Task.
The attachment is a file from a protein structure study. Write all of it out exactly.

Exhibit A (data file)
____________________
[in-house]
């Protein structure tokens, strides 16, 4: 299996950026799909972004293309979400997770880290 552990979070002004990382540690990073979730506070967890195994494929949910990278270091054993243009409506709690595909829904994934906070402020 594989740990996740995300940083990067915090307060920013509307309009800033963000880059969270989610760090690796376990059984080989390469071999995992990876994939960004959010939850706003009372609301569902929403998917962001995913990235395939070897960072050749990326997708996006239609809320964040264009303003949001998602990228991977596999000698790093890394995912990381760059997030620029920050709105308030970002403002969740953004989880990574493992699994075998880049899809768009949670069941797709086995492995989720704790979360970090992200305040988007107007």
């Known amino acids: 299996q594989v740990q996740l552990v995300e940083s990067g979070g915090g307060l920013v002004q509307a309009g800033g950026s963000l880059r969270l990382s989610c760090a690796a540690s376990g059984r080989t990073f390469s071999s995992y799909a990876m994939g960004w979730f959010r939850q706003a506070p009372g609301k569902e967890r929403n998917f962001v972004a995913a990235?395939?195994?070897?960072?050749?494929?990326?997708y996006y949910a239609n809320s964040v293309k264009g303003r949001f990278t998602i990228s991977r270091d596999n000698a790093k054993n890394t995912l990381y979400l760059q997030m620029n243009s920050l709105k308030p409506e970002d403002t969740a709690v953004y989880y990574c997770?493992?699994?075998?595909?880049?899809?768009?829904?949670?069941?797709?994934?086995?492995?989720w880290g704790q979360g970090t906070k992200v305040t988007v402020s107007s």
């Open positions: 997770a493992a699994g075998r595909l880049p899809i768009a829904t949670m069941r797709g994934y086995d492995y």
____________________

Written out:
[in-house]
């Protein structure tokens, strides 16, 4: 299996950026799909972004293309979400997770880290 552990979070002004990382540690990073979730506070967890195994494929949910990278270091054993243009409506709690595909829904994934906070402020 594989740990996740995300940083990067915090307060920013509307309009800033963000880059969270989610760090690796376990059984080989390469071999995992990876994939960004959010939850706003009372609301569902929403998917962001995913990235395939070897960072050749990326997708996006239609809320964040264009303003949001998602990228991977596999000698790093890394995912990381760059997030620029920050709105308030970002403002969740953004989880990574493992699994075998880049899809768009949670069941797709086995492995989720704790979360970090992200305040988007107007």
């Known amino acids: 299996q594989v740990q996740l552990v995300e940083s990067g979070g915090g307060l920013v002004q509307a309009g800033g950026s963000l880059r969270l990382s989610c760090a690796a540690s376990g059984r080989t990073f390469s071999s995992y799909a990876m994939g960004w979730f959010r939850q706003a506070p009372g609301k569902e967890r929403n998917f962001v972004a995913a990235?395939?195994?070897?960072?050749?494929?990326?997708y996006y949910a239609n809320s964040v293309k264009g303003r949001f990278t998602i990228s991977r270091d596999n000698a790093k054993n890394t995912l990381y979400l760059q997030m620029n243009s920050l709105k308030p409506e970002d403002t969740a709690v953004y989880y990574c997770?493992?699994?075998?595909?880049?899809?768009?829904?949670?069941?797709?994934?086995?492995?989720w880290g704790q979360g970090t906070k992200v305040t988007v402020s107007s």
């Open positions: 997770a493992a699994g075998r595909l880049p899809i768009a829904t949670m069941r797709g994934y086995d492995y």